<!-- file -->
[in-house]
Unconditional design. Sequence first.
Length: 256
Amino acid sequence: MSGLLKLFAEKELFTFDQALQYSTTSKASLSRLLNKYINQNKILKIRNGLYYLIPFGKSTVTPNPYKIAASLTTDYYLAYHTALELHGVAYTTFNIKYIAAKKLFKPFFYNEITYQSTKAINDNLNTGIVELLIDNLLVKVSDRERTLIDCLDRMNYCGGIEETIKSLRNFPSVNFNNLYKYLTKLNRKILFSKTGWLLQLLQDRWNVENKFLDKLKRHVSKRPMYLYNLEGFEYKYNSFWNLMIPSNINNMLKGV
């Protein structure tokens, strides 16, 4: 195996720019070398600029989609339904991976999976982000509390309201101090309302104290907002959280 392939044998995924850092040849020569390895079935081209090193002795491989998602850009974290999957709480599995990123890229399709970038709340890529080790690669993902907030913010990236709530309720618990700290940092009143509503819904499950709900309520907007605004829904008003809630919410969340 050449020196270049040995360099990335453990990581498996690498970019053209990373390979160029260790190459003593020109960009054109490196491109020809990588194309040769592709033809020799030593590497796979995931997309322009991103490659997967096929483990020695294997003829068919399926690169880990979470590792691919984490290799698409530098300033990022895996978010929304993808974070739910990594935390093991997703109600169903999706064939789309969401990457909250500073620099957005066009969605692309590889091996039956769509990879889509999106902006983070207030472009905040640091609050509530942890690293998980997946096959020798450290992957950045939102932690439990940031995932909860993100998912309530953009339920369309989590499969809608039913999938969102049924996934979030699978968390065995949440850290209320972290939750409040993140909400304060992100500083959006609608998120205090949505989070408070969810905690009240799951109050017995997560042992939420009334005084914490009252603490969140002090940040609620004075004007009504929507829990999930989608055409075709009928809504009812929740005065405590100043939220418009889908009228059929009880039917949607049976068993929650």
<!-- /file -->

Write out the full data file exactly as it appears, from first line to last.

[in-house]
Unconditional design. Sequence first.
Length: 256
Amino acid sequence: MSGLLKLFAEKELFTFDQALQYSTTSKASLSRLLNKYINQNKILKIRNGLYYLIPFGKSTVTPNPYKIAASLTTDYYLAYHTALELHGVAYTTFNIKYIAAKKLFKPFFYNEITYQSTKAINDNLNTGIVELLIDNLLVKVSDRERTLIDCLDRMNYCGGIEETIKSLRNFPSVNFNNLYKYLTKLNRKILFSKTGWLLQLLQDRWNVENKFLDKLKRHVSKRPMYLYNLEGFEYKYNSFWNLMIPSNINNMLKGV
């Protein structure tokens, strides 16, 4: 195996720019070398600029989609339904991976999976982000509390309201101090309302104290907002959280 392939044998995924850092040849020569390895079935081209090193002795491989998602850009974290999957709480599995990123890229399709970038709340890529080790690669993902907030913010990236709530309720618990700290940092009143509503819904499950709900309520907007605004829904008003809630919410969340 050449020196270049040995360099990335453990990581498996690498970019053209990373390979160029260790190459003593020109960009054109490196491109020809990588194309040769592709033809020799030593590497796979995931997309322009991103490659997967096929483990020695294997003829068919399926690169880990979470590792691919984490290799698409530098300033990022895996978010929304993808974070739910990594935390093991997703109600169903999706064939789309969401990457909250500073620099957005066009969605692309590889091996039956769509990879889509999106902006983070207030472009905040640091609050509530942890690293998980997946096959020798450290992957950045939102932690439990940031995932909860993100998912309530953009339920369309989590499969809608039913999938969102049924996934979030699978968390065995949440850290209320972290939750409040993140909400304060992100500083959006609608998120205090949505989070408070969810905690009240799951109050017995997560042992939420009334005084914490009252603490969140002090940040609620004075004007009504929507829990999930989608055409075709009928809504009812929740005065405590100043939220418009889908009228059929009880039917949607049976068993929650």